The Times West Virginian

Local News

June 22, 2014

FSU erosion, sediment-control policy approved

Separate from City of Fairmont

FAIRMONT — The Fairmont State University Board of Governors approved an erosion and sediment-control policy during its meeting last week.

The policy was implemented to fulfill requirements set forth from the Department of Environmental Protection, which mandated that FSU serves as its own Municipal Separate Storm Sewer System from that of the City of Fairmont.

Fairmont State’s Storm Water Management Program was approved Jan. 16 as part of the separation process. The institution was also responsible for creating an Erosion and Sediment Control Policy in order to be able to separate from the city.

The policy was developed to protect people and property while preventing environmental damage within the campus, according to a report submitted to the BOG.

It will also help guide and regulate construction or any activity that disturbs the topsoil or moves dirt within FSU’s property, the report said.

Soil and earth is more fragile during the construction process, and erosion resulting from that may reduce water quality in aquatic habitats and lead to the need for sewer repairs and dredging of lakes.

Loss of earth can also lead to a loss of native vegetation in that area.

Any construction activity that will disturb 5,000 square feet of land or more on campus will require an erosion and sediment-control plan, which is to be submitted to the university.

The plan must include what will be done to the construction site, including clearing land, installing infrastructure, building and then final landscaping. It also requires all measures be laid out that will be taken to control erosion and loss of sediment throughout the construction process and after the project is complete.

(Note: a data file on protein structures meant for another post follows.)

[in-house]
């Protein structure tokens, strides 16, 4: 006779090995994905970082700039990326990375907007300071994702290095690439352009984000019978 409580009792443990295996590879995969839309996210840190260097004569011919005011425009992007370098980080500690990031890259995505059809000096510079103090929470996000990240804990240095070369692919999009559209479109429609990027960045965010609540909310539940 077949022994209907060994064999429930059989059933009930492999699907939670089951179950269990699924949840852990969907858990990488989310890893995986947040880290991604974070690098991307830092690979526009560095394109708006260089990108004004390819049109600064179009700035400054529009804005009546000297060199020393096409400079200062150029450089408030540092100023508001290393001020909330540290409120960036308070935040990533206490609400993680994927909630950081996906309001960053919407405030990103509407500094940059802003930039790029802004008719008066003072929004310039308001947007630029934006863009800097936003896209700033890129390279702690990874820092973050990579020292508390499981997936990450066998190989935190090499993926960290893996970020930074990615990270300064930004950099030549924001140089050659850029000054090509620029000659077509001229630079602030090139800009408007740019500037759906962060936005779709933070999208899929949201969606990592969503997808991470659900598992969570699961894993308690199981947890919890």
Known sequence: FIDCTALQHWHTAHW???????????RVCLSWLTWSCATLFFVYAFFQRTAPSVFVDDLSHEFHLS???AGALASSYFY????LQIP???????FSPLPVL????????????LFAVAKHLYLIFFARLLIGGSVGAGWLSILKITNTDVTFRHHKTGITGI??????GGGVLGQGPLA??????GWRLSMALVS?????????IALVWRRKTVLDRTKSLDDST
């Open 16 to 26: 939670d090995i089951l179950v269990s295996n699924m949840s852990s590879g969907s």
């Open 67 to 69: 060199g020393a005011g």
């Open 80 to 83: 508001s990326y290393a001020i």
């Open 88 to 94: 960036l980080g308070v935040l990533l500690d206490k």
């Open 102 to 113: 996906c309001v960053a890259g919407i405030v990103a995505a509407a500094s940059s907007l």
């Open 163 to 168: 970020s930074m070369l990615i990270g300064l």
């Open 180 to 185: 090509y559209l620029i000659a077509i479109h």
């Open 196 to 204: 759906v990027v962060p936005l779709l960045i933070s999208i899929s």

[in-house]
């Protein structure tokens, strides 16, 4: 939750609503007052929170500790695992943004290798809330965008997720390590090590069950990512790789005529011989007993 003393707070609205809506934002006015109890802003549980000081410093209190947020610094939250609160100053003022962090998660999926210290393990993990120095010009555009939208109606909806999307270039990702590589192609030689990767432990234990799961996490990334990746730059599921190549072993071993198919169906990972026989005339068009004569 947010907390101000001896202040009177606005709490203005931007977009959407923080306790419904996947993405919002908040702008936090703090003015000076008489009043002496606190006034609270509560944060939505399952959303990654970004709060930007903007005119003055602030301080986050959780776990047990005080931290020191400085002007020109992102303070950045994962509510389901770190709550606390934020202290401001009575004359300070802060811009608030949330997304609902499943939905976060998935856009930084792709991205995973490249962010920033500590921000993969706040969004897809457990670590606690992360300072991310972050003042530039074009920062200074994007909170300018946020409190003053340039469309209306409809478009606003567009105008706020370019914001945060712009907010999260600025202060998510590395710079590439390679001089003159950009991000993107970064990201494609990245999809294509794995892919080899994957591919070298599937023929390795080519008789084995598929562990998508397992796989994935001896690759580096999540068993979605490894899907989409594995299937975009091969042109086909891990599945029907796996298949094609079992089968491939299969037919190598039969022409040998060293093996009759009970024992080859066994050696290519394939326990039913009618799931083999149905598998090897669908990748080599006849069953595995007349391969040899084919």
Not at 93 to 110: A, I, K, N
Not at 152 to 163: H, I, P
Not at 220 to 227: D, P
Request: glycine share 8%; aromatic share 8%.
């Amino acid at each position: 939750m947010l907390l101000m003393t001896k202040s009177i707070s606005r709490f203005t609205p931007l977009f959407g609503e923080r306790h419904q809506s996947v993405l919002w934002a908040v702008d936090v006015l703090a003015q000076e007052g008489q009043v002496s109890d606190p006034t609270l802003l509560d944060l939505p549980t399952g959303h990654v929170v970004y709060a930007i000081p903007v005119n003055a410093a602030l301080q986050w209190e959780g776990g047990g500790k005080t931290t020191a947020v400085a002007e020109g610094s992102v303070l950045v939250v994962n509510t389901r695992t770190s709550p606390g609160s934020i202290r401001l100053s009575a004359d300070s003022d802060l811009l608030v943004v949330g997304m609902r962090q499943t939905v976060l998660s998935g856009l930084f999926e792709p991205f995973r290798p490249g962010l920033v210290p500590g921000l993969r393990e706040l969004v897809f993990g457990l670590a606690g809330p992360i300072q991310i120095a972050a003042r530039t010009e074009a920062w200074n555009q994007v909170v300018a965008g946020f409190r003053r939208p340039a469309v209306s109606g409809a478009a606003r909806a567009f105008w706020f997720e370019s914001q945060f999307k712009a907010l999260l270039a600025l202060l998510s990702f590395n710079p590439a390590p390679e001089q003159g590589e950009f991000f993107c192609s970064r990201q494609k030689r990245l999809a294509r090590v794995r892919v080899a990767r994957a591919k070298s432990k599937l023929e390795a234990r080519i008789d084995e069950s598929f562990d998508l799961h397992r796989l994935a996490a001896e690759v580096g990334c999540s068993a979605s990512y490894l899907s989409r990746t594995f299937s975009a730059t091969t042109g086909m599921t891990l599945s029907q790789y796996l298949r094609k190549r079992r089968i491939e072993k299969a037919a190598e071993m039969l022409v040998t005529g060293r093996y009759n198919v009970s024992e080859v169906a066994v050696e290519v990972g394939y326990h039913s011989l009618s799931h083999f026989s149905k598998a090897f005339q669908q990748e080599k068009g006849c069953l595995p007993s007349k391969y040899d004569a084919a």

Soil must be stabilized within five days of clearing a site under the policy, and any kind of control measures involving planting vegetation must be carried out within two weeks.

Any sediment or dust on the site must be stabilized or covered at the end of each work day to prevent erosion and runoff.

Fairmont State then has 30 days to approve or deny the plan, or request changes.

If the university decides to inspect a site, it can send an agent to make sure all measures have been taken to control erosion and sediment and that those measures are effective.

The contractor running the site has 14 days to correct any problems found upon inspection. Fairmont State has the authority to bring in another contractor to correct what needs fixed.

The BOG has discussed the policy in previous meetings, and it was opened up for public comment for 30 days before approval.

During that time, the policy did not receive any public input.

The policy’s effective date is still to be determined.

Email Chelsi Baker at or follow her on Twitter @cbakerTWV.

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